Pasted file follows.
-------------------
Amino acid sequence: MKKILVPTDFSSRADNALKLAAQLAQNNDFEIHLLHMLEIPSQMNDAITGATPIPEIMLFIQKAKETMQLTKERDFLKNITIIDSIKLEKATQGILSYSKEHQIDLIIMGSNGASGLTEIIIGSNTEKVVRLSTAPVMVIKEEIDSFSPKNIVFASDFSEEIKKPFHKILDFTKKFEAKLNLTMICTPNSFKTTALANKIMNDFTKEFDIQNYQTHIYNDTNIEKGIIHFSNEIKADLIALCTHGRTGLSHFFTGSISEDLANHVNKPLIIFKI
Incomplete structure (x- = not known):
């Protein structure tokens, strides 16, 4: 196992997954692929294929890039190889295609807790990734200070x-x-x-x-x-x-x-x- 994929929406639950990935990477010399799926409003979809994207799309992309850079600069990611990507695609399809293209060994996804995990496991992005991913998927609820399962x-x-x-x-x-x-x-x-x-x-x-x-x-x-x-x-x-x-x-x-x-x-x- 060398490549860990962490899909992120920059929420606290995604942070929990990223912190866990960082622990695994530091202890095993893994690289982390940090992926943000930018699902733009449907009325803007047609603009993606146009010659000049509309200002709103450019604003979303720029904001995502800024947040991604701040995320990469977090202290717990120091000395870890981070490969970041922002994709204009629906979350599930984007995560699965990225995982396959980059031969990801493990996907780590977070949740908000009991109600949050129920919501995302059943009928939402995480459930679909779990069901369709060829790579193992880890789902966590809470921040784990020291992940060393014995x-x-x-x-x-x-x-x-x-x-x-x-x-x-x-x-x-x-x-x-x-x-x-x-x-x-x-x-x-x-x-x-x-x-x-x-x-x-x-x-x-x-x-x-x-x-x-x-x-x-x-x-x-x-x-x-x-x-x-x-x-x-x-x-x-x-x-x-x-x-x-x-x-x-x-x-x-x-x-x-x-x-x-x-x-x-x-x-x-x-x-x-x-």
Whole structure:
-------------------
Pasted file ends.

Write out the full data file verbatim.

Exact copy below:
Amino acid sequence: MKKILVPTDFSSRADNALKLAAQLAQNNDFEIHLLHMLEIPSQMNDAITGATPIPEIMLFIQKAKETMQLTKERDFLKNITIIDSIKLEKATQGILSYSKEHQIDLIIMGSNGASGLTEIIIGSNTEKVVRLSTAPVMVIKEEIDSFSPKNIVFASDFSEEIKKPFHKILDFTKKFEAKLNLTMICTPNSFKTTALANKIMNDFTKEFDIQNYQTHIYNDTNIEKGIIHFSNEIKADLIALCTHGRTGLSHFFTGSISEDLANHVNKPLIIFKI
Incomplete structure (x- = not known):
């Protein structure tokens, strides 16, 4: 196992997954692929294929890039190889295609807790990734200070x-x-x-x-x-x-x-x- 994929929406639950990935990477010399799926409003979809994207799309992309850079600069990611990507695609399809293209060994996804995990496991992005991913998927609820399962x-x-x-x-x-x-x-x-x-x-x-x-x-x-x-x-x-x-x-x-x-x-x- 060398490549860990962490899909992120920059929420606290995604942070929990990223912190866990960082622990695994530091202890095993893994690289982390940090992926943000930018699902733009449907009325803007047609603009993606146009010659000049509309200002709103450019604003979303720029904001995502800024947040991604701040995320990469977090202290717990120091000395870890981070490969970041922002994709204009629906979350599930984007995560699965990225995982396959980059031969990801493990996907780590977070949740908000009991109600949050129920919501995302059943009928939402995480459930679909779990069901369709060829790579193992880890789902966590809470921040784990020291992940060393014995x-x-x-x-x-x-x-x-x-x-x-x-x-x-x-x-x-x-x-x-x-x-x-x-x-x-x-x-x-x-x-x-x-x-x-x-x-x-x-x-x-x-x-x-x-x-x-x-x-x-x-x-x-x-x-x-x-x-x-x-x-x-x-x-x-x-x-x-x-x-x-x-x-x-x-x-x-x-x-x-x-x-x-x-x-x-x-x-x-x-x-x-x-």
Whole structure: